nil functions

December 18, 2023


Calling a nil function value causes a run-time panic.

So, calling a nil function causes a panic. Sensible enough. But when would you ever run across a nil function?

Let’s look at some examples.

This is probably the most obvious example, and perhaps one that popped to your mind:

var fn func(int) // fn is of type func(int), but uninitialized, so nil

fn(3) // run-time panic

But let’s consider another example, which can be a bit more confusing.

type Fooer interface {

type Wrapper struct {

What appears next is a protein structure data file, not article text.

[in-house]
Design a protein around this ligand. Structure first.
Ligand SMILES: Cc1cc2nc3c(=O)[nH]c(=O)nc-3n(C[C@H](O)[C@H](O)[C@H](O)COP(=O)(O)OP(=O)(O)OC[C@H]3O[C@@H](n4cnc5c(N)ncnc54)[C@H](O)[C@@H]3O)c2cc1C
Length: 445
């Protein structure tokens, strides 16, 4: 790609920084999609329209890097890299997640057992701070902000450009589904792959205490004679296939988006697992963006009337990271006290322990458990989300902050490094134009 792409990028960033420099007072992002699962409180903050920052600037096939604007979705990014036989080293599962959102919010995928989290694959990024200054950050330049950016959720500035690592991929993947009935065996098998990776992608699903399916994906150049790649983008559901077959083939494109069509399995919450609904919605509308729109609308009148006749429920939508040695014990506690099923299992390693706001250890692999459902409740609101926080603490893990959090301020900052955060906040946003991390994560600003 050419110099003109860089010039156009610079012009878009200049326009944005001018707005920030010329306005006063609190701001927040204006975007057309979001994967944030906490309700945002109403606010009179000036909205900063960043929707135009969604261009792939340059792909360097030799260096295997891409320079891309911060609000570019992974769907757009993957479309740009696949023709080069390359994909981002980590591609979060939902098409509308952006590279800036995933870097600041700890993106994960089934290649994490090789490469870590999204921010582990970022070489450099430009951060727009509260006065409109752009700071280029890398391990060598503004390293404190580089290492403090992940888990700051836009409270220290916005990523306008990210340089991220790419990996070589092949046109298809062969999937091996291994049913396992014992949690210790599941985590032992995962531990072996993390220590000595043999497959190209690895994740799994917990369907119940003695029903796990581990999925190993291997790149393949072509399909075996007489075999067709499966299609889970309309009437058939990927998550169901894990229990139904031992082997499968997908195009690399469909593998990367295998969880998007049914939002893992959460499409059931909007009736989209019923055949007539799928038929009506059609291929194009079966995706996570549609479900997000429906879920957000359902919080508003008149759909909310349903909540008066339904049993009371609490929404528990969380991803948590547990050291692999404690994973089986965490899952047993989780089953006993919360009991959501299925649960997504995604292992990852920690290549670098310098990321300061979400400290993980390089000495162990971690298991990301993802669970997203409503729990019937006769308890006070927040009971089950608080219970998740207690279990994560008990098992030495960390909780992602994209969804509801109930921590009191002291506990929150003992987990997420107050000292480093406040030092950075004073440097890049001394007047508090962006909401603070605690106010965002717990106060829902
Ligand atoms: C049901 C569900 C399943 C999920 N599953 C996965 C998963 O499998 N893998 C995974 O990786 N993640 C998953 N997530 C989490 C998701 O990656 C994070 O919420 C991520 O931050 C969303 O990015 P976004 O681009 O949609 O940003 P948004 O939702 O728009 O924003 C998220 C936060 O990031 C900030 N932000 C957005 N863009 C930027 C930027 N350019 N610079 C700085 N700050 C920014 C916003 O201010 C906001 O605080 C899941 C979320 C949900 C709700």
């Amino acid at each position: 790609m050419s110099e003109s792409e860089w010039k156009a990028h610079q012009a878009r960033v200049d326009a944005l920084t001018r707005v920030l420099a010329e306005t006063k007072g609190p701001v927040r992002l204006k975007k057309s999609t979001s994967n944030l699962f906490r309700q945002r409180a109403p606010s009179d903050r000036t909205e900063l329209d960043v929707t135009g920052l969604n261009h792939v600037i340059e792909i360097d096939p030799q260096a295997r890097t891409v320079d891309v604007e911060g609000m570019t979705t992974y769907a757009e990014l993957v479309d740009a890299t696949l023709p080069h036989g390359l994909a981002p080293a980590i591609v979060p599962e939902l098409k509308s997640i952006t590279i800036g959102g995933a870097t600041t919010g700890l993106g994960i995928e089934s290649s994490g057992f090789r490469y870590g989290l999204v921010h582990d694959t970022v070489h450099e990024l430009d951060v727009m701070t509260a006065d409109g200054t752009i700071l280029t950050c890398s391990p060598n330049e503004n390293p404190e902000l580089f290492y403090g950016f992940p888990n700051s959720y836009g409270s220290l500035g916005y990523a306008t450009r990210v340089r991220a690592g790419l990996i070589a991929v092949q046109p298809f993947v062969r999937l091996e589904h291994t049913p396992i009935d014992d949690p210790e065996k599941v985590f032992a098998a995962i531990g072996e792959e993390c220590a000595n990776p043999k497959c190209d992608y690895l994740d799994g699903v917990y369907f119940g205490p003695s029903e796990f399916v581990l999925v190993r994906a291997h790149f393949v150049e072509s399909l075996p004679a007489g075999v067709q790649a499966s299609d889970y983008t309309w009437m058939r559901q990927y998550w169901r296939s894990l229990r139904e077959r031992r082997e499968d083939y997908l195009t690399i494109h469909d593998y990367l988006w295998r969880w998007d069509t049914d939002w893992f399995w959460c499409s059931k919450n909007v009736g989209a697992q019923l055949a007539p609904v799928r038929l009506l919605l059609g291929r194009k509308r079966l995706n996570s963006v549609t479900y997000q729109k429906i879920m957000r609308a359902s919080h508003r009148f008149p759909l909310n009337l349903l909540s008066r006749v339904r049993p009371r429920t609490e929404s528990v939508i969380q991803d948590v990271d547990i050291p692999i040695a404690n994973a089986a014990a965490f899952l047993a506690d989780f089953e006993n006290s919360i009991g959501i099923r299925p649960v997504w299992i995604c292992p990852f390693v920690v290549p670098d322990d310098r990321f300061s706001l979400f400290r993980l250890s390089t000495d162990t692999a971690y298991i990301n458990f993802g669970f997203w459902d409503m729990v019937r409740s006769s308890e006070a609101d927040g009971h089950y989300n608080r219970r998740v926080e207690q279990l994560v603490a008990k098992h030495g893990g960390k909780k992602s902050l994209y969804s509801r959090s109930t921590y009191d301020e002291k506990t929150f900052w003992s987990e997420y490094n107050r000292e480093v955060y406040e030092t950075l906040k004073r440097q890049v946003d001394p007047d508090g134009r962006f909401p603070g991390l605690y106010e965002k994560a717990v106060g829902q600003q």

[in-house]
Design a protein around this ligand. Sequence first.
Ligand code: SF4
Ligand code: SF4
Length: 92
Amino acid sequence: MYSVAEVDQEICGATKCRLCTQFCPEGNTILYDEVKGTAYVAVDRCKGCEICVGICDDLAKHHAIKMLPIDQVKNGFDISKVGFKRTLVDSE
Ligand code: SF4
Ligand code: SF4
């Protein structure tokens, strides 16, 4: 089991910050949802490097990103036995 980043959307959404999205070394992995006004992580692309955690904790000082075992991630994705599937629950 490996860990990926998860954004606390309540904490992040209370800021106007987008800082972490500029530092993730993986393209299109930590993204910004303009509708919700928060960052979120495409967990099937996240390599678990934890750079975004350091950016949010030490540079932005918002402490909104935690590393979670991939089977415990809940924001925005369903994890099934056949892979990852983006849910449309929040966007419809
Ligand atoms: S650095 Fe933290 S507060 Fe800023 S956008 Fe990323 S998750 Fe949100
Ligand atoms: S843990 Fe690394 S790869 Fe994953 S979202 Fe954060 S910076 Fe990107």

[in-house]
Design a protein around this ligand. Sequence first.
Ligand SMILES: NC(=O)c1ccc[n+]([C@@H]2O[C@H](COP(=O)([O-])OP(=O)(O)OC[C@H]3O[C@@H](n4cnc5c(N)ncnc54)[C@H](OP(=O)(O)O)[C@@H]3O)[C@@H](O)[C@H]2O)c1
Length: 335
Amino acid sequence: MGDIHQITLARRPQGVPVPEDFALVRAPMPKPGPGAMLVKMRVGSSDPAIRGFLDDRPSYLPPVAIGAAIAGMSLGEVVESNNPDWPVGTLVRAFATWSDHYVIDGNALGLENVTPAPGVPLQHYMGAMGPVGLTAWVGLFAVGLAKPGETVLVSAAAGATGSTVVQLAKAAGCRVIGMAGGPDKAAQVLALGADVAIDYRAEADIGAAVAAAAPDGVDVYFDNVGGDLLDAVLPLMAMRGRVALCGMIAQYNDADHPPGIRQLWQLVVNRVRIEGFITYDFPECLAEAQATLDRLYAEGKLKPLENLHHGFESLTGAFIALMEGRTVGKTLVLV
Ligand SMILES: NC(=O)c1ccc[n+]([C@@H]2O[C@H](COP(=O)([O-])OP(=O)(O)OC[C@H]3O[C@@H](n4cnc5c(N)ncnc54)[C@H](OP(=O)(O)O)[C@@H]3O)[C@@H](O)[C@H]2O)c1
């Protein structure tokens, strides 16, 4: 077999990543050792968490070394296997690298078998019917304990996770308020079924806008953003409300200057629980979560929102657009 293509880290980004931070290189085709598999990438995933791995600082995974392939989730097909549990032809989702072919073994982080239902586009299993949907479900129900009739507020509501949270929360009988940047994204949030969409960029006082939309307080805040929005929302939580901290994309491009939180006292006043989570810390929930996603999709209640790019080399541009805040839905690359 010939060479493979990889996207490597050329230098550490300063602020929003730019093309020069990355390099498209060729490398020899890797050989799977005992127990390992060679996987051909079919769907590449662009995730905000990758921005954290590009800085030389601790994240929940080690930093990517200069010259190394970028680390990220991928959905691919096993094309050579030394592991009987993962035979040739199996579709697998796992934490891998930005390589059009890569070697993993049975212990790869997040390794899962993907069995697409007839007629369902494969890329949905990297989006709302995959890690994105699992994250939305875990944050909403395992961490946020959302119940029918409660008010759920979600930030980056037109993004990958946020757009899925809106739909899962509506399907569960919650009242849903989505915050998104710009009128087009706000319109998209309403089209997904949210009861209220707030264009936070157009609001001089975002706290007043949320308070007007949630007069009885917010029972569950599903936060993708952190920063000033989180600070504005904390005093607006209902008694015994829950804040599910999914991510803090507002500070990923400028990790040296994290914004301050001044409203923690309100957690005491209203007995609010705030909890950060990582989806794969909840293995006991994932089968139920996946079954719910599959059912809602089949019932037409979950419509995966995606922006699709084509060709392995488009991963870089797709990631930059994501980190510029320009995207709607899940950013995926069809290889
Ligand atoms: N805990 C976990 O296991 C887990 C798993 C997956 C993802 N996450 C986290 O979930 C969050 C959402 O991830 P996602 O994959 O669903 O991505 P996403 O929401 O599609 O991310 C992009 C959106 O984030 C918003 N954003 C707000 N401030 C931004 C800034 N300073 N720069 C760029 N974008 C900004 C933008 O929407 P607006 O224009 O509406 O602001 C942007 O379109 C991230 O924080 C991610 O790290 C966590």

w := &Wrapper{}
f := w.Foo
f() // run-time panic

Okay, that’s a lot of set-up for a run-time panic on a nil function. What’s actually going on?

Well first, I created an interface called Fooer, then I embedded that interface in a struct called Wrapper. This can be a useful technique in some cases, but it assumes that you’ll be setting the Fooer field of the struct to something that implements the interface. In contract, when I defined w := &Wrapper{}, I did not set the Fooer field, so it gets a nil value.

Then if I call w.Foo(), or set function variable to its value (i.e. f := w.Foo), I end up with a nil method or function respectively, and thus a run-time panic.

Quotes from The Go Programming Language Specification Version of August 2, 2023

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